|Publication number||US7812407 B2|
|Application number||US 12/697,490|
|Publication date||Oct 12, 2010|
|Filing date||Feb 1, 2010|
|Priority date||Feb 24, 2006|
|Also published as||CN101026166A, CN101026166B, US7675124, US20070200182, US20100193877|
|Publication number||12697490, 697490, US 7812407 B2, US 7812407B2, US-B2-7812407, US7812407 B2, US7812407B2|
|Original Assignee||Taiwan Semiconductor Manufacturing Company, Ltd.|
|Export Citation||BiBTeX, EndNote, RefMan|
|Patent Citations (15), Non-Patent Citations (1), Referenced by (2), Classifications (13), Legal Events (1)|
|External Links: USPTO, USPTO Assignment, Espacenet|
This application is a divisional of U.S. patent application Ser. No. 11/361,248, entitled “Memory Array Structure With Strapping Cells,” filed on Feb. 24, 2006, which application is incorporated herein by reference.
The present invention relates generally to semiconductor devices and, more particularly, to a memory cell layout for integrated circuits.
Generally, memory chips comprise an array of memory cells interconnected by bit lines and word lines. The word lines and bit lines are used to read and write binary values to each of the memory cells, wherein each memory cell represents a bit of information. Because each memory cell represents a bit of information and may be connected to other circuitry, it is desirable that the electrical and operational characteristics of all memory cells be consistent.
The operational and electrical characteristics of memory cells, however, vary depending on where a memory cell is located within the layout of the memory array. For example, memory cells along the edge of the memory array may have different electrical and operational characteristics than memory cells located in the inner region of the memory array. One cause of this difference in the electrical and operational characteristics is the lithography process. Generally, a lithography process involves patterning a mask layer on an underlying layer, and then performing a process such as implanting or etching the underlying layer. The density of the structures during this lithography process, however, is different for the region containing the inner memory cell and the region of the edge memory cell. It has been found that this difference in density may affect some processes such as the etching rates and implantation concentration, thereby causing a difference in the electrical and operational characteristics between memory cells located near or along the edge (e.g., sparsely populated regions) and memory cells located in the inner regions of the memory array (e.g., densely populated regions).
Another cause is the well-proximity effect. Implant masks, such as a patterned photo-resist layer, are used during the formation of wells. During the implantation process, some of the ions may scatter out of the edge of the implant mask and implant in the surface of the silicon near the mask edge. The implanted ions near the mask edge may alter the threshold voltage of those devices formed in the well. Because the distances between a device and a neighboring well may vary, the performance and operational characteristics of memory cells in the inner region of the memory array may be different than memory cells along the edge of the memory array.
Yet another cause of the different operating characteristics between inner memory cells and edge memory cells is the stress that may be induced by shallow-trench isolations (STIs). STIs are typically formed by etching a trench in the substrate and filling the trench with a dielectric material, typically a high-density oxide. The STIs, however, may exert a tensile or compressive stress in the channel region of nearby transistors, thereby altering the operational and electrical characteristics such as the threshold voltage and on/off current levels of the nearby transistors. This difference is particularly noticeable with transistors in memory cells along the edge of the memory array.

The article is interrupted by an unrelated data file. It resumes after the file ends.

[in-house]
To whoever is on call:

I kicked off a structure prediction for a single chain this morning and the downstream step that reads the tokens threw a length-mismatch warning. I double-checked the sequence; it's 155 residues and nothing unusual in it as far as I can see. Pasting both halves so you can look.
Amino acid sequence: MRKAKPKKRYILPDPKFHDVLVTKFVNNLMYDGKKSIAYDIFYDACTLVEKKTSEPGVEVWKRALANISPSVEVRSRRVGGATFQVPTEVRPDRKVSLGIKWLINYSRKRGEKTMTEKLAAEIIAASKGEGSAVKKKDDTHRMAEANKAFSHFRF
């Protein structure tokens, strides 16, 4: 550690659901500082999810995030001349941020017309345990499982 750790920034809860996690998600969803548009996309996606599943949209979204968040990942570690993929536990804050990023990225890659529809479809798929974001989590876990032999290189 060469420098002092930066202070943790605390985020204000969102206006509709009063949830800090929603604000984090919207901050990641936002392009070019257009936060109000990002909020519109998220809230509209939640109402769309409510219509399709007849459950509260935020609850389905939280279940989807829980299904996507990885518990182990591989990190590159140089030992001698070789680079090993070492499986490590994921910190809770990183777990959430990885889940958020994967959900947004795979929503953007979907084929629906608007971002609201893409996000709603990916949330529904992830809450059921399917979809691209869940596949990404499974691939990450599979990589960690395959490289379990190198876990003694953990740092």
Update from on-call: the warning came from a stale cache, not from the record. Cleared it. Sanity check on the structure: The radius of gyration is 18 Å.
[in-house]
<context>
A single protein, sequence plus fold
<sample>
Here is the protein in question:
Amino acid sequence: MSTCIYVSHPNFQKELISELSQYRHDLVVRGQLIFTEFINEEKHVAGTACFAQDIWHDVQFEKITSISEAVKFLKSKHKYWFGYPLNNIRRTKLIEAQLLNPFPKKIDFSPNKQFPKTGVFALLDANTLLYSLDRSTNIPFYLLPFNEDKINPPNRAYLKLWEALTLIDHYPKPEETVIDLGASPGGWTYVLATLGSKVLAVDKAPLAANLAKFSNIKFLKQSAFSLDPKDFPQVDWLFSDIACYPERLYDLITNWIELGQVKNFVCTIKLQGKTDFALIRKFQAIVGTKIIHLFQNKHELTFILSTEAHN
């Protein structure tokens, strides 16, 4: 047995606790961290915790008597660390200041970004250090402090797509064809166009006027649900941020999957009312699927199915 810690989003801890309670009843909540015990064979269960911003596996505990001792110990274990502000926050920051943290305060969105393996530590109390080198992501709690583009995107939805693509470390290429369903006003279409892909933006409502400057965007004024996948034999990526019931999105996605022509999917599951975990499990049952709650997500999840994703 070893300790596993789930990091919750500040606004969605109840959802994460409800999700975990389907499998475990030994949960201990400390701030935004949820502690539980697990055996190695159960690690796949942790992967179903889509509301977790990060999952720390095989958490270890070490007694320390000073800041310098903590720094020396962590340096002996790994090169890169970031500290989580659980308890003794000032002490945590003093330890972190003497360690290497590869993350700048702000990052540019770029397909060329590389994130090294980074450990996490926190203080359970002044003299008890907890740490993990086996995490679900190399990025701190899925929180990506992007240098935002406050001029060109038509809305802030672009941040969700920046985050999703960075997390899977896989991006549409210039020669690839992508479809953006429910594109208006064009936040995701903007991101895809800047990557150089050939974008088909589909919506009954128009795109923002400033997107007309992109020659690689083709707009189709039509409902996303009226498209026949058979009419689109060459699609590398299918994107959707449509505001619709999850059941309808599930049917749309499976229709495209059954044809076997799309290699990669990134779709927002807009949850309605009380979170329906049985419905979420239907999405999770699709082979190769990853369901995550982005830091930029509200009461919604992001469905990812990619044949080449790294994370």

Therefore, there is a need for a memory array such that the electrical and operational characteristics of semiconductor devices are more consistent throughout the chip.
These and other problems are generally reduced, solved or circumvented, and technical advantages are generally achieved, by embodiments of the present invention, which provides a memory cell layout for integrated circuits.
In an embodiment, strapping cells are provided between adjacent rows of memory cells. The strapping cells provide a strap between respective N-type active areas of the adjacent rows of memory cells and between respective P-type active areas of the adjacent rows of memory cells. Preferably, the straps have a conductivity type opposite the active regions that the strap is connected between. For example, a P-type strap is used to connect respective N-type active regions of the memory cells, and an N-type strap is used to connect respective P-type active regions of the memory cells.
In another embodiment, one or more conductive lines are used to electrically couple one or more of the straps together. The conductive lines may be electrically coupled to a voltage source, such as Vss or Vcc. Each conductive line may comprise a single conductive line spanning the width of the memory array or may be divided into two or more smaller conductive lines. In this latter embodiment, the smaller segments of conductive lines may be electrically coupled to different voltage sources. For example, some conductive lines may be electrically coupled to Vss while other conductive lines may be electrically coupled to Vcc.
In yet another embodiment, two or more conductive lines are formed parallel to each other such that the conductive lines form gate electrodes where the conductive lines intersect the straps, thereby forming strapping transistors in series. In this embodiment, greater isolation may be obtained by electrically coupling the gates of the electrodes to the node between the transistors.
In yet another embodiment, a dummy well is formed along the edge of the memory array. For example, a typical memory array has a P-well on either side of the memory array, typically extending parallel to the word line. In this example, a dummy N-well is formed on one or both sides of the memory array adjacent the P-wells.
It should be appreciated by those skilled in the art that the conception and specific embodiment disclosed may be readily utilized as a basis for modifying or designing other structures or processes for carrying out the same purposes of the present invention. It should also be realized by those skilled in the art that such equivalent constructions do not depart from the spirit and scope of the invention as set forth in the appended claims.
The object and other advantages of this invention are best described in the preferred embodiment with reference to the attached drawings that include: